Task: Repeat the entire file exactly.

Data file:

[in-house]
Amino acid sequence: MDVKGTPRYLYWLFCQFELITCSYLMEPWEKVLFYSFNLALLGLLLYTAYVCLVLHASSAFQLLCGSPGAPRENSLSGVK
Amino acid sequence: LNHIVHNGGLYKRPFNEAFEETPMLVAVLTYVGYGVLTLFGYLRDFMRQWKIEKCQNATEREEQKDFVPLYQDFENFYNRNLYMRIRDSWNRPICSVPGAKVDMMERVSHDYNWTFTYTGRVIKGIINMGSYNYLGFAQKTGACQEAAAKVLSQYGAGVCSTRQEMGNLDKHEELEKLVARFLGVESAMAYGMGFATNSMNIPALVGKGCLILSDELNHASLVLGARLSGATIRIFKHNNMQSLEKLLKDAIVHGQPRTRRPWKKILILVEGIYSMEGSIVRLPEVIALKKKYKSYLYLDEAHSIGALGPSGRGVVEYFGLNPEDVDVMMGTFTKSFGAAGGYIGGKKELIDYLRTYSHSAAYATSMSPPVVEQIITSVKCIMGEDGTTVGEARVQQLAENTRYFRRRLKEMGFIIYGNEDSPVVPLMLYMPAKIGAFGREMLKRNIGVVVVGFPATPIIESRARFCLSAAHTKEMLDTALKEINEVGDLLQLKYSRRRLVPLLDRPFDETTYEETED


[in-house]
Amino acid sequence: MDVKGTPRYLYWLFCQFELITCSYLMEPWEKVLFYSFNLALLGLLLYTAYVCLVLHASSAFQLLCGSPGAPRENSLSGVK
Amino acid sequence: LNHIVHNGGLYKRPFNEAFEETPMLVAVLTYVGYGVLTLFGYLRDFMRQWKIEKCQNATEREEQKDFVPLYQDFENFYNRNLYMRIRDSWNRPICSVPGAKVDMMERVSHDYNWTFTYTGRVIKGIINMGSYNYLGFAQKTGACQEAAAKVLSQYGAGVCSTRQEMGNLDKHEELEKLVARFLGVESAMAYGMGFATNSMNIPALVGKGCLILSDELNHASLVLGARLSGATIRIFKHNNMQSLEKLLKDAIVHGQPRTRRPWKKILILVEGIYSMEGSIVRLPEVIALKKKYKSYLYLDEAHSIGALGPSGRGVVEYFGLNPEDVDVMMGTFTKSFGAAGGYIGGKKELIDYLRTYSHSAAYATSMSPPVVEQIITSVKCIMGEDGTTVGEARVQQLAENTRYFRRRLKEMGFIIYGNEDSPVVPLMLYMPAKIGAFGREMLKRNIGVVVVGFPATPIIESRARFCLSAAHTKEMLDTALKEINEVGDLLQLKYSRRRLVPLLDRPFDETTYEETED